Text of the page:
The importance of educating consumers isn’t lost on even the most iconic wineries, such as Napa Valley’s Grgich Hills Estate, Miljenko “Mike” Grgich made the Chardonnay for Chateau Montelena that turned the wine world upside down in the 1976 Paris Wine Tasting, then opened his own winery the following year.
“Through their video banner feature and their ‘meet the winery’ section, we have been able to convey our story and brand history, along with key features of our wines,” marketing manager Megan Arnett said.
Both wineries cited the value of the Vivino-provided data. “We have been able to see [through provided scan metrics, engagement metrics and reviews/rating metrics] our consumers’ preferences with our wines, engagement broken down by ratings, scans, and winery articles along with locations of scans,” Arnett said. “Knowing what our customers are interested in seeing and interested in engaging with … assists in creating content that is tailored to what our consumers are looking for.”
Added Tawney, “With the metrics we see, and again being smaller, I don’t have a large marketing budget. They do things I never would have been able to do.”
Zachariassen noted that the dashboard is a work in progress, something that wasn’t part of the original idea. “So there’s a lot more to come,” he said. “We’re building the dashboard all the time to give them as much information as we can on the wines.”
That includes specific data points and geographic targeting such as why a wine might be selling better in Virginia than Florida, for instance, or identifying pockets where a wine or brand is selling. It could also compare regions and promotional tactics that might be working in one place and could be duplicated elsewhere.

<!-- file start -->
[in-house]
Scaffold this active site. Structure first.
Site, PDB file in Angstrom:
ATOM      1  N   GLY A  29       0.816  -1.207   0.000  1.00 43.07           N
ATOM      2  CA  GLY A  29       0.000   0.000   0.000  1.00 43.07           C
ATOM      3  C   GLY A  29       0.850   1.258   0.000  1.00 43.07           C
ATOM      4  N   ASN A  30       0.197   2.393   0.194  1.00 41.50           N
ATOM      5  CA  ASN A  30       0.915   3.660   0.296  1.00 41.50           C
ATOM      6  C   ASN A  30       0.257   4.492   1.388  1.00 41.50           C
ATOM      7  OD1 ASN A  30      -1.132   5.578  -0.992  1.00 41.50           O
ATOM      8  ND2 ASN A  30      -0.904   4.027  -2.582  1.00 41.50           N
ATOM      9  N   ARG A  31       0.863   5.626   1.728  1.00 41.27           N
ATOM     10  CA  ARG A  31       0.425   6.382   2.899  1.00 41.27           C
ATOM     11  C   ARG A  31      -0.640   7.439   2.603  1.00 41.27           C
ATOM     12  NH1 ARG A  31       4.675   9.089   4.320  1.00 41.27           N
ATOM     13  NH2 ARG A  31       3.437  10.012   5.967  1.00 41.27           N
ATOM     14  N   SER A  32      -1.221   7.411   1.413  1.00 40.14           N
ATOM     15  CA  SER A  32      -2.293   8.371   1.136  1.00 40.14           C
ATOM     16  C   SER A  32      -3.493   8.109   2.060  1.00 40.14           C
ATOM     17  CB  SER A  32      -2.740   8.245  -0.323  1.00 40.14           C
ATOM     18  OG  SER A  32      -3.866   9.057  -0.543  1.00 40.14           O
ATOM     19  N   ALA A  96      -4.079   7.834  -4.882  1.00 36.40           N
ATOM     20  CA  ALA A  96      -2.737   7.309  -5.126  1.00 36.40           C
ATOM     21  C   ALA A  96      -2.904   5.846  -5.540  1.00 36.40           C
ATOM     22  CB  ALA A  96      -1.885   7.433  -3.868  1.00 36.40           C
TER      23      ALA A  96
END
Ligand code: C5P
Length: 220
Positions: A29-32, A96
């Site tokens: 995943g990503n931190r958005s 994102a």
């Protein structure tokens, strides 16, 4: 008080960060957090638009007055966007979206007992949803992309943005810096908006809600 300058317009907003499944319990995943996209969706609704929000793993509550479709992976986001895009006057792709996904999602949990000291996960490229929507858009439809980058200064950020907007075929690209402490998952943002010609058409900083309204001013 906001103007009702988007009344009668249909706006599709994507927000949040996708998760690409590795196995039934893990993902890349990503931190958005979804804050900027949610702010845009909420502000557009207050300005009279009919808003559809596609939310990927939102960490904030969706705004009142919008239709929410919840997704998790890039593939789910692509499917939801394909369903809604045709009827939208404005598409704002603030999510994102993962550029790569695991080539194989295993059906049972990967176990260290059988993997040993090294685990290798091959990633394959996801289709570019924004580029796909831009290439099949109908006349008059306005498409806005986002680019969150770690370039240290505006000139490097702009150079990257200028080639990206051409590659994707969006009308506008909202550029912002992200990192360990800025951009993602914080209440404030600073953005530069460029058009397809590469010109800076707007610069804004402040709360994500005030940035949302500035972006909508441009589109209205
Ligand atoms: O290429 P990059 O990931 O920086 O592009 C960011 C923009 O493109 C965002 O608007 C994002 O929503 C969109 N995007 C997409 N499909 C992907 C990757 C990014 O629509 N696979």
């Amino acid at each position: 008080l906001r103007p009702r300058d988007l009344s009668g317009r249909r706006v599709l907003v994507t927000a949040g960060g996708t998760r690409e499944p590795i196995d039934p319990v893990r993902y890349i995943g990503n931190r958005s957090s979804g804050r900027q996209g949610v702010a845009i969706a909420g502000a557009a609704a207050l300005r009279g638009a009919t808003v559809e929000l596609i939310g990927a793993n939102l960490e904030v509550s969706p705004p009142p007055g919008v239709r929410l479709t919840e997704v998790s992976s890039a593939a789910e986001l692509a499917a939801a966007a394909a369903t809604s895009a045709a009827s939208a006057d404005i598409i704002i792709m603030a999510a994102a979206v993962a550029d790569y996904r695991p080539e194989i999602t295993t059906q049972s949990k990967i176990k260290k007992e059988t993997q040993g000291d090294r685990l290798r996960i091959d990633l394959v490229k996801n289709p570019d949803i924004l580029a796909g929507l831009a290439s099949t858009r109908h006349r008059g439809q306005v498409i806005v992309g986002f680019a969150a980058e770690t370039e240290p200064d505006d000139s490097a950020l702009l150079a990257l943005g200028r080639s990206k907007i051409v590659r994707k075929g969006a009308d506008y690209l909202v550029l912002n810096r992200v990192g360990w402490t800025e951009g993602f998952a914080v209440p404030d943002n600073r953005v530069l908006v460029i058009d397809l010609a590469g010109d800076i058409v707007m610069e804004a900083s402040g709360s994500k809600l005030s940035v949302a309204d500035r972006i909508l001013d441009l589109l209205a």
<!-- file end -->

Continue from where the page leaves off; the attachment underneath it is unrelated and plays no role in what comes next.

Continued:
It’s a platform that has extended beyond single wineries to WineDirect, a direct-to-consumer ecommerce platform, which has exceeded 1,800 clients. Holly Schick, whose role as director of marketplace was necessitated by the growth it has seen for its clients, said that “in today’s rapidly changing consumer landscape, wineries need to invest in alternative DTC sales channels such as online marketplaces provided by WineDirect’s third-party partnerships.”
The results have been impressive, she said, noting that WineDirect has seen a 260% year-over-year growth across its marketplace partners during 2020’s first nine months. ”It’s evidence this is paying off for wineries,” she said.
To Zachariassen, the pandemic has pushed the move to digital ahead by several years. “I don’t think this was a behavior that was just triggered by coronavirus as such, I think it was accelerated,” he said, adding it’s creating habits that consumers are embracing and not only for the short term.
At DeLille, they’re not about to give up on the impact of a tasting room visit. Instead, that will balance what it can deliver online through programs like brand stories. “I think Vivino has really made that customer journey aspect and that user experience, that’s kind of their sweet spot for us.”